Thousands of captives released by Myanmar Junta as part of an amnesty program

Ngu Wah Khine (L) is embraced by her mother following her release from Insein Prison in Yangon, Oct. 18, 2021. RFA

On Monday, Myanmar's military released thousands of people detained for protesting the junta's February coup under strict conditions, prompting observers to dismiss the move as a bid to appease the international community at a time when the junta is under pressure from both the international and domestic communities to step down.

The administration announced the release of 1,316 inmates from various facilities across the country and 4,320 detainees facing ongoing anti-junta trials, including well-known politicians, celebrities, actors, and journalists. The military also dropped charges against 34 fugitive artists and celebrities.

Monywa Aung Shin of the deposed National League for Democracy (NLD) party's information team, La Raw of the Kachin Wave News Agency, Saing Nu Pan of 74-Media, Thin Thin Aung and James Aung Khant of Mizzima News, and Kyaw Myint of Modern Image Media were among those who were freed.

The release was imposed under the Criminal Procedure Code's Section 401 sub-section (1), which specifies that if a detainee commits another crime after being released, they must serve the remainder of their term and any penalty linked to the new offense.

The junta's second amnesty announcement, following a national amnesty on June 30, saw 200 detainees released around the country.

Crowds gathered at Yangon's renowned Insein Prison entrance on Monday evening, waving as a bus carrying detainees was released.

Ngu Wah Khine, a 31-year-old woman who was sentenced to three years in prison last month for donating money to the anti-junta People's Defense Force (PDF), told RFA's Myanmar Service that she and her fellow detainees only found out they were being released "moments before" wardens had them line up to leave.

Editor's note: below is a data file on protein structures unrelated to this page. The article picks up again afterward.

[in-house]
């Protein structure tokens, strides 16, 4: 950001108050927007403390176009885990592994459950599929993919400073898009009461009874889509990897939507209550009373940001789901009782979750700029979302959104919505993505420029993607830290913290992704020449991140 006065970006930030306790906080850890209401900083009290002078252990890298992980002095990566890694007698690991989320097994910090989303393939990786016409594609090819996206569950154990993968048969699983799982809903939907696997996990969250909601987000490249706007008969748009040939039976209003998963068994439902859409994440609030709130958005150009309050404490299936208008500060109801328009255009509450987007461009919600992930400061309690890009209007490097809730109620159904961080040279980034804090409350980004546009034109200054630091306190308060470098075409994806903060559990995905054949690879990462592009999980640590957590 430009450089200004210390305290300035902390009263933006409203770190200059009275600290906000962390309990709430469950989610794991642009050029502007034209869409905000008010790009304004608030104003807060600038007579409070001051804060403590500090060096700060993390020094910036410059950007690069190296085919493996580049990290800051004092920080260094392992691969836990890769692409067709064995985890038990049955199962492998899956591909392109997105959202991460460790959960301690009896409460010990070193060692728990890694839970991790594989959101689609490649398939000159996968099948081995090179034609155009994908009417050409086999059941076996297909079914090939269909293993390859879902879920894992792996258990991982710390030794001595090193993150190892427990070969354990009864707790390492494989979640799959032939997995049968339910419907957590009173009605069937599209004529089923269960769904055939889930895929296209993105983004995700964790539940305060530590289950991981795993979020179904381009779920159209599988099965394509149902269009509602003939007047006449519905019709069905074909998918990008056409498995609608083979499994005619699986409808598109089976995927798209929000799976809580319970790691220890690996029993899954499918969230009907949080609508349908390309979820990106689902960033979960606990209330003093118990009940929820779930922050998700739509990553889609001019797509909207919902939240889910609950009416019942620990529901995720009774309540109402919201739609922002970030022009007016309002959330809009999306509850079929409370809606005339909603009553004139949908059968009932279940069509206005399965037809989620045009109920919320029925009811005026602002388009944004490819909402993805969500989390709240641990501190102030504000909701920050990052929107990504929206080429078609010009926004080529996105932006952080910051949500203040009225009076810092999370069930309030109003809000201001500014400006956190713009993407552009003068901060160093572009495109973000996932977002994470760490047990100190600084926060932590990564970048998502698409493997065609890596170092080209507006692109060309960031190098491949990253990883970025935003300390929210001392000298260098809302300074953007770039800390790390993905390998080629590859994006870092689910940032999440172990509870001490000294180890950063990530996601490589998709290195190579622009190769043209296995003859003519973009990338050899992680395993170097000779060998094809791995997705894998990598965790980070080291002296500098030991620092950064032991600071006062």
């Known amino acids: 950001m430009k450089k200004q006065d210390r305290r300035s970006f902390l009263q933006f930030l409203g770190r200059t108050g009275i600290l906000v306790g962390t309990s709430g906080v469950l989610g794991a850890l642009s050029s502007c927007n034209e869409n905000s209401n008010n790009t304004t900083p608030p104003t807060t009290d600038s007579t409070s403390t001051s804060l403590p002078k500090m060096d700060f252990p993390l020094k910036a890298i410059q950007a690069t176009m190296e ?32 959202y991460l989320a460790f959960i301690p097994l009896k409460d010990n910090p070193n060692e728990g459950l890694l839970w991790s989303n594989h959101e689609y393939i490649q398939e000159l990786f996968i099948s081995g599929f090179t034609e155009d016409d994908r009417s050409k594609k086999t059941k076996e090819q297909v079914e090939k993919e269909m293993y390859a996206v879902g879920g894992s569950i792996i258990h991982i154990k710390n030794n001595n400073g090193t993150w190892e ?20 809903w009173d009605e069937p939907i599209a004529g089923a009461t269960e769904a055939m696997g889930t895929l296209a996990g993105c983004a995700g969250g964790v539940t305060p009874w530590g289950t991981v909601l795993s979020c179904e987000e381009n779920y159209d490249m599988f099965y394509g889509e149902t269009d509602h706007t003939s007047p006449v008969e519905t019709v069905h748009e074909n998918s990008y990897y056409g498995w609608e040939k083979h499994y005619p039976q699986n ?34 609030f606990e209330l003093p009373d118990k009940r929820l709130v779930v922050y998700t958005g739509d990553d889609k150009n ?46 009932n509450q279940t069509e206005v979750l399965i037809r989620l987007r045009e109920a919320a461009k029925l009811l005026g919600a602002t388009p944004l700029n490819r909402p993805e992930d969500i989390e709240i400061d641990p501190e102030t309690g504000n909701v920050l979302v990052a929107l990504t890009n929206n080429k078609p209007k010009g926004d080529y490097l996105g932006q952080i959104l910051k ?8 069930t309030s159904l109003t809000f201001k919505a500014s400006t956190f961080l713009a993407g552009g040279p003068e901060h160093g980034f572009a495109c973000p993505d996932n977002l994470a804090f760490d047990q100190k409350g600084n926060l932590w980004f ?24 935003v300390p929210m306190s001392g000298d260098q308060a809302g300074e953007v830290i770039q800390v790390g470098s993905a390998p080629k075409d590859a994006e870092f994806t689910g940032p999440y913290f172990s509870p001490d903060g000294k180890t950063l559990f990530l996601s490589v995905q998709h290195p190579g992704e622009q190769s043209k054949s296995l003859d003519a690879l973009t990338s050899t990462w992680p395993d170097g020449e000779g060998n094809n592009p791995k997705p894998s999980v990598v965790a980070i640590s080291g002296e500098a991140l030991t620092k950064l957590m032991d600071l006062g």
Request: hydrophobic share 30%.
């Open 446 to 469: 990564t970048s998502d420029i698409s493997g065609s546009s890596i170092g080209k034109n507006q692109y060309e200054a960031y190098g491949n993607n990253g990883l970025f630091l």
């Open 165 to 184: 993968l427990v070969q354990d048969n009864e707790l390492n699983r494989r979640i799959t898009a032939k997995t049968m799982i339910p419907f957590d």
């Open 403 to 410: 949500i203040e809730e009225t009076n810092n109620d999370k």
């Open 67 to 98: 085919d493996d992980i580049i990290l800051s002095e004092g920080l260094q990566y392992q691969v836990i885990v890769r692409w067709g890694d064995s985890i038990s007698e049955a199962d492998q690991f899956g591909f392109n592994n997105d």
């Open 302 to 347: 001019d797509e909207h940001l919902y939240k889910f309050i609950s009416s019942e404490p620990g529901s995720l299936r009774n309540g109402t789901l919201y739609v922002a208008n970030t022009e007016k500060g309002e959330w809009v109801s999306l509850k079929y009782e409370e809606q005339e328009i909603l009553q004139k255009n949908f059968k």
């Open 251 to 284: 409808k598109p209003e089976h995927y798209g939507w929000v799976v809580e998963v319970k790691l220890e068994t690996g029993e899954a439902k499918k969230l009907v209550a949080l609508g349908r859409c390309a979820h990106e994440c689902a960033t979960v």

"We heard about the possible release three or four days ago, but no one inside the prison took it seriously," she stated.

"At around 10:00 a.m. or 11:00 a.m., we saw a news announcement about the release, but we couldn't be sure and assumed the information was incorrect."

Absence of the NLD leaders 

According to Junta Deputy Information Minister Zaw Min Tun, the release was intended to provide inmates in the country's prisons "a chance to participate in nation-building work." However, he admitted that they had been released "with certain restrictions."

"The fact is that they were involved [in anti-coup protests]," he stated. "However, for the time being, because they are our citizens, we have decided to allow them to participate in nation-building."

According to Zaw Min Tun, the release was not the result of internal or external pressure and that some people had been "similarly freed when investigations into their cases were completed."

Former State Counsellor Aung San Suu Kyi and former President Win Myint of the National League for Democracy (NLD), arrested after the military staged a power grab on February 1, were noticeably absent from the list of liberated inmates.

The two are accused of "state defamation" under Article 505 (b) of Myanmar's Penal Code in connection with two remarks made by the NLD Central Executive Committee on February 7 and 13 that prosecutors believe were intended to disrupt public order and incite opposition to the government.